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Latest Oxytetracycline Stories

Beneficial Bacteria In Honeybees Show Resistance To Antibiotics
2012-10-30 13:18:17

Brett Smith for redOrbit.com - Your Universe Online Overuse of antibiotics in American agriculture and food production has long been a public concern over the potential for engendering more resilient microbes. A new study from Yale University shows that beneficial bacteria living in the gut of honeybees are demonstrating signs of resistance to such antibiotics. A genetic analysis of the digestive bacteria showed eight different resistance genes for the antibiotic tetracycline in samples...

2012-05-30 11:14:08

Scientists at Neiker-Tecnalia, the Basque Institute for Agricultural Research and Development, have evaluated the effect of treatment with antibiotics and vaccination in controlling Q fever in sheep flocks. This disease mainly causes abortions, although it can also lead to premature births, low weight and weakness in newborn lambs. The control of this disease is of great importance in animal production, as it spreads easily among the animals and causes significant economic losses, and mainly...

2011-11-02 21:47:57

Honey bee populations have been mysteriously falling for at least five years in the United States, but the cause of so-called colony collapse disorder (CCD) is still largely unknown. In a report published Nov. 2 in the online journal PLoS ONE, researchers report that a widely used in-hive medication may make bees more susceptible to toxicity of commonly used pesticides, and that this interaction may be at least partially responsible for the continuing honey bee population loss. The...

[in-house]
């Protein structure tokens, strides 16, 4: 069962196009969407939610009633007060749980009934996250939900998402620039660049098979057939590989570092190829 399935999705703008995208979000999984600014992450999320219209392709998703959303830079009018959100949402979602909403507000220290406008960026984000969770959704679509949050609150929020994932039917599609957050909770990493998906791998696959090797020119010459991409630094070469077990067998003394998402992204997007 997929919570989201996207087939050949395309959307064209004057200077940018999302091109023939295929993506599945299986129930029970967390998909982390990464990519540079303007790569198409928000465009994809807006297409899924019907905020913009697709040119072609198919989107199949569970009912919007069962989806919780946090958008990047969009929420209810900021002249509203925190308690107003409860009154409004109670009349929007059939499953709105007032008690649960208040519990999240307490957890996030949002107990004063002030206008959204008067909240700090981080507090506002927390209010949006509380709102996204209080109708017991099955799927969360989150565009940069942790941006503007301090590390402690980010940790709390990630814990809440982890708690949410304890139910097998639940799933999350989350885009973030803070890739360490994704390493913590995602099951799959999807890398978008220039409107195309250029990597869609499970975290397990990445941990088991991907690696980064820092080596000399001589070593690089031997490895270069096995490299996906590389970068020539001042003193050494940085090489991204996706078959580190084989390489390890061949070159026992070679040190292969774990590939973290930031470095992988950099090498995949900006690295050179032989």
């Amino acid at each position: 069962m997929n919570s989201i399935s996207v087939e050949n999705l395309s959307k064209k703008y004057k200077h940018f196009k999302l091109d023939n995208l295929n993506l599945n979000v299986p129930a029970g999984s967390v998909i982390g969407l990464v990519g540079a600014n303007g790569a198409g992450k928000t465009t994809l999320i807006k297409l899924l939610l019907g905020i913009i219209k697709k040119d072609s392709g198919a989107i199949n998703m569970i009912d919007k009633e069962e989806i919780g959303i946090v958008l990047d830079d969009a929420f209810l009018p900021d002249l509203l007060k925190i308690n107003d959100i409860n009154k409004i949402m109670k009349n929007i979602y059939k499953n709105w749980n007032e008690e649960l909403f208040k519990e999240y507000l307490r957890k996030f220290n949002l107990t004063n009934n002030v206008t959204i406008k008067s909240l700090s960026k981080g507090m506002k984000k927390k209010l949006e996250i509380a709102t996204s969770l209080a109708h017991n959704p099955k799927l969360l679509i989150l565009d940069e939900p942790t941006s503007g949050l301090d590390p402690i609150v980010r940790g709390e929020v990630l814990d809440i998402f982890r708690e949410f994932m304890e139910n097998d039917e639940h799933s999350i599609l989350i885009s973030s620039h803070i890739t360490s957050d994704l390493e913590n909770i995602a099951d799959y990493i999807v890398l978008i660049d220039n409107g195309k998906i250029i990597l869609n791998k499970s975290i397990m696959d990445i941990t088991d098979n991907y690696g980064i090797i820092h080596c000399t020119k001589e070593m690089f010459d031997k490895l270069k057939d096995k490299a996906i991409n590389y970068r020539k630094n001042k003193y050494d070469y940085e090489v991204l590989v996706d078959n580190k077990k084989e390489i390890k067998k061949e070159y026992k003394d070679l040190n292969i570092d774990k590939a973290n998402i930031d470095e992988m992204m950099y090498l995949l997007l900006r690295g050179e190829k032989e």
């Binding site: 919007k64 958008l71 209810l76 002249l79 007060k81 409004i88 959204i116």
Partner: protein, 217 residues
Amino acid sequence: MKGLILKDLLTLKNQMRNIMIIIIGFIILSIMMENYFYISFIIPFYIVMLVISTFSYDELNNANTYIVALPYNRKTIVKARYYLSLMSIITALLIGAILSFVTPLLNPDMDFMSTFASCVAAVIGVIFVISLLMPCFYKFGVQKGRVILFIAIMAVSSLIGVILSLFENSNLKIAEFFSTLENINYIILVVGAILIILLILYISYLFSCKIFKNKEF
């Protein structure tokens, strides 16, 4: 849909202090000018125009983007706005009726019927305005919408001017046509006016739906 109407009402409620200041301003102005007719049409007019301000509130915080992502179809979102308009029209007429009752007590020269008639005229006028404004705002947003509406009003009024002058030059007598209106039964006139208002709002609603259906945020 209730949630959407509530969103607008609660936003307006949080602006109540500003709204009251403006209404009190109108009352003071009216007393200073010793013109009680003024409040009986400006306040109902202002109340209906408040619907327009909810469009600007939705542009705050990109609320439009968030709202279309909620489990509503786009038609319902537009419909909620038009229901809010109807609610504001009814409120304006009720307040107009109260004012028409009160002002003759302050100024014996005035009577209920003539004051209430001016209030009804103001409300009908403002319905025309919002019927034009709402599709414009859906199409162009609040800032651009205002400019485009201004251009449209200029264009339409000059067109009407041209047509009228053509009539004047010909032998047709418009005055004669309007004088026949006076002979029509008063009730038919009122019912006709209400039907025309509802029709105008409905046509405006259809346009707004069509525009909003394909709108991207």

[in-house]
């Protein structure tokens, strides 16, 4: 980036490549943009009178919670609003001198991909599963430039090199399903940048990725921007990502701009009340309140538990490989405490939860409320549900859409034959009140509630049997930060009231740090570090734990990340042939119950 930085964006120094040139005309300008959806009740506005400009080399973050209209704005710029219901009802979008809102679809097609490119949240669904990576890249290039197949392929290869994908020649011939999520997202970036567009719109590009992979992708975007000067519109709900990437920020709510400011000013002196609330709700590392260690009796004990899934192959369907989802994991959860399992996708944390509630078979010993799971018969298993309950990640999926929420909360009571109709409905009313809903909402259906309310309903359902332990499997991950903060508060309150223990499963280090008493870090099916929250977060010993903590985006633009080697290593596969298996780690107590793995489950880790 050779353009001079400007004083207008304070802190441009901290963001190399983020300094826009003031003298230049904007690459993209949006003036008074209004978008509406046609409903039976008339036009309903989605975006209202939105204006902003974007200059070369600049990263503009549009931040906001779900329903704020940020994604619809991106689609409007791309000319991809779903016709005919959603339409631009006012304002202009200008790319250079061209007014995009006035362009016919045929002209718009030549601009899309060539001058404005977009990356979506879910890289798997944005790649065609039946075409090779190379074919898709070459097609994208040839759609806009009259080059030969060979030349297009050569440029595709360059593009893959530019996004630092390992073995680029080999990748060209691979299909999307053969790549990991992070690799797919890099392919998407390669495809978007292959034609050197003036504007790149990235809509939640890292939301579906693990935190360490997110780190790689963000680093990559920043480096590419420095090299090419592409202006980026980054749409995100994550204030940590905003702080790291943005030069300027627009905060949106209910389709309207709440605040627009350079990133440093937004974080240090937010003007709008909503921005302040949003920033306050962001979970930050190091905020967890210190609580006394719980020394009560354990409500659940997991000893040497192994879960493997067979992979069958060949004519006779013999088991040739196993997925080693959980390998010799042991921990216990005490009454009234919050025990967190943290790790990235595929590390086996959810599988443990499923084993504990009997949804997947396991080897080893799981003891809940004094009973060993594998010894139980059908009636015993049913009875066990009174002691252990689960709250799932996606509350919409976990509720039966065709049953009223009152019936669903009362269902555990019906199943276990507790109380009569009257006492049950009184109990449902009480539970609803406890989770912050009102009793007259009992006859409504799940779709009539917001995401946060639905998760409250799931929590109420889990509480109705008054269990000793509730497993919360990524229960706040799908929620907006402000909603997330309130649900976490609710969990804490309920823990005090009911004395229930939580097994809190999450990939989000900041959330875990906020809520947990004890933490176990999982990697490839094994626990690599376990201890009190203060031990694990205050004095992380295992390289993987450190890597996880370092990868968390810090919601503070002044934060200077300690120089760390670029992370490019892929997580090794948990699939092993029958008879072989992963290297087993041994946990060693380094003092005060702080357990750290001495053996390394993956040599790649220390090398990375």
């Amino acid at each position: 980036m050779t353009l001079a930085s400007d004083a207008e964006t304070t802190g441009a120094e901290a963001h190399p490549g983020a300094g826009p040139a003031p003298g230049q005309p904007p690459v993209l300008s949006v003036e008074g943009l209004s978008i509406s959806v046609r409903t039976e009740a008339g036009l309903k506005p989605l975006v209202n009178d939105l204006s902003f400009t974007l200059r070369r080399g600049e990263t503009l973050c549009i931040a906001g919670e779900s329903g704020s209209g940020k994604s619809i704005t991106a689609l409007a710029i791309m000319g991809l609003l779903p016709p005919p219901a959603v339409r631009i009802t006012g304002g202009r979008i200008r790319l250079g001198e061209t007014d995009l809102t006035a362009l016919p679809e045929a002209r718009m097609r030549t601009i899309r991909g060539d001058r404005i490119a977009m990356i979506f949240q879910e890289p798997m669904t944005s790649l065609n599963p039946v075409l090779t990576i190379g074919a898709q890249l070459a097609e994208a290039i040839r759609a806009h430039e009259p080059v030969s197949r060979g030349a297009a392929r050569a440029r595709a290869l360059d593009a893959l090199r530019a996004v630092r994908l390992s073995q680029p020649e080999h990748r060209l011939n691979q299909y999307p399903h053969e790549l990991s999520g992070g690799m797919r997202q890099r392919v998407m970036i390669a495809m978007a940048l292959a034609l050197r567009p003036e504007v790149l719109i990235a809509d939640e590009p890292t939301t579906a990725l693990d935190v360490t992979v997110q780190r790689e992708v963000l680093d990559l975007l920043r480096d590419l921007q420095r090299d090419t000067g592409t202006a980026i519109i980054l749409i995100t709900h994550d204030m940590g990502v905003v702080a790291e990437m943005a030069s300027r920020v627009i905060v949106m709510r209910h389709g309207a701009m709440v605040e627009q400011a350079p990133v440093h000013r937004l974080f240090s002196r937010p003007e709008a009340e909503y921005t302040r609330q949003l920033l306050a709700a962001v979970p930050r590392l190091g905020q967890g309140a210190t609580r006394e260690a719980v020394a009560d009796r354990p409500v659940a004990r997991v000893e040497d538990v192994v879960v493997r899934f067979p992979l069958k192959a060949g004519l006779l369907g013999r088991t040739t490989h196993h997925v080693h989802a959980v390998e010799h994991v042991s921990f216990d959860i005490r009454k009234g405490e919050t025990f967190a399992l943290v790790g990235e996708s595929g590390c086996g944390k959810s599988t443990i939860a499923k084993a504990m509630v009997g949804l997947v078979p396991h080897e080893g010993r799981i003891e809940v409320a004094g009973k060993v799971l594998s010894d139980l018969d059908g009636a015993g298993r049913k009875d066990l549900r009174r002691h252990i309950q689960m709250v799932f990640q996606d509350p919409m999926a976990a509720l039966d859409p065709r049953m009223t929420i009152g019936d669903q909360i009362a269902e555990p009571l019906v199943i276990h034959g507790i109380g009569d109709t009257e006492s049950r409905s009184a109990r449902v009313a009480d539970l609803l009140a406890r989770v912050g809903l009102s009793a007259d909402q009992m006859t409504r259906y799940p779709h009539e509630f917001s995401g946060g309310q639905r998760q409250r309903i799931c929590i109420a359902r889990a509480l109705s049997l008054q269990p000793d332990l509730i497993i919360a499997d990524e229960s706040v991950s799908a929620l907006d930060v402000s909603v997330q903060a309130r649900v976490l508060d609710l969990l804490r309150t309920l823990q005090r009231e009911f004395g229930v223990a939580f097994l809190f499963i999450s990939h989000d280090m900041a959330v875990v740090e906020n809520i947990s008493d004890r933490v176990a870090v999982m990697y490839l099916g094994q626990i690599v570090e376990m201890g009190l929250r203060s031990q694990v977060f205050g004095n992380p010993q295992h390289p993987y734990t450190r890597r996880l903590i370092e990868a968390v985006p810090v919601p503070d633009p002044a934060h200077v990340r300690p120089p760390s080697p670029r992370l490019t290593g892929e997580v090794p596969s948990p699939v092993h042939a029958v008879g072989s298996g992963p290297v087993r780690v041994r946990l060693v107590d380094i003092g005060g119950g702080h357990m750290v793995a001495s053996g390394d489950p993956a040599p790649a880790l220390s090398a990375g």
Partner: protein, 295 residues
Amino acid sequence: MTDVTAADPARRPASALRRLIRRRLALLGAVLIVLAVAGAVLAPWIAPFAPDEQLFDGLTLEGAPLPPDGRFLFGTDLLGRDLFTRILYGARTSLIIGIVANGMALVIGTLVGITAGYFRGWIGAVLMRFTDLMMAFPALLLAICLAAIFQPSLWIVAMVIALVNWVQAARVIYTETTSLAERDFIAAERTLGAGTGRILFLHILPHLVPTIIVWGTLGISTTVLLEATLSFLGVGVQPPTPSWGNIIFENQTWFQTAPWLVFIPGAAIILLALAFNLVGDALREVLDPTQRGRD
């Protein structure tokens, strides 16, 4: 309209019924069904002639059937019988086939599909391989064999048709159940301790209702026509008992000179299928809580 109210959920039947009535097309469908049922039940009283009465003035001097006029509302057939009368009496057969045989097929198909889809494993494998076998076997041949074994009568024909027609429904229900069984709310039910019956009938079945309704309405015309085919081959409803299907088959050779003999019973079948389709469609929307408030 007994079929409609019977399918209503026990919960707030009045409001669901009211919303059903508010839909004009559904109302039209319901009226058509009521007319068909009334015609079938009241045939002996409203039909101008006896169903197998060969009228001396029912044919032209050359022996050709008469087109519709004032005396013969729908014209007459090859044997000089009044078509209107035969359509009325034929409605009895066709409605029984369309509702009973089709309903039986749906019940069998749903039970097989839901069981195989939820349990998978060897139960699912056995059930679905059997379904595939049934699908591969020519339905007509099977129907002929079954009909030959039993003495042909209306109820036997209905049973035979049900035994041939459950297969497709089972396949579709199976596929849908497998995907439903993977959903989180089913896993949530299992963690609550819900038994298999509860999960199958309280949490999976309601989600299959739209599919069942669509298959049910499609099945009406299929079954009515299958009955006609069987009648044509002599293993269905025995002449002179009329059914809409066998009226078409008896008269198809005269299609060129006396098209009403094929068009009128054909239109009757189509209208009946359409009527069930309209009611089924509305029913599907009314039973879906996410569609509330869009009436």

2010-03-04 11:13:00

Agricultural Research Service (ARS) scientist Scott Yates is studying how oxytetracycline (OTC), an antibiotic that is administered to animals, breaks down in cattle manure. Livestock producers in the United States often use antibiotics to control disease in their animals, and confined U.S. livestock and poultry generate about 63.8 million tons of manure every year. The drugs are often only partially absorbed by the digestive tract, and the rest are excreted with their pharmaceutical activity...

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2009-04-14 07:45:00

As if teenagers didn't already have enough to worry about, dermatologists across the country are warning that the bacteria responsible for causing acne are growing increasingly resistant to the commonly prescribed antibiotics like tetracycline and erythromycin. While most medical professionals are all too familiar with the incredible mutating abilities of super-bacteria like MRSA, most people are unaware that the lowly bacterium responsible for so many insecure teenage years (appropriately...


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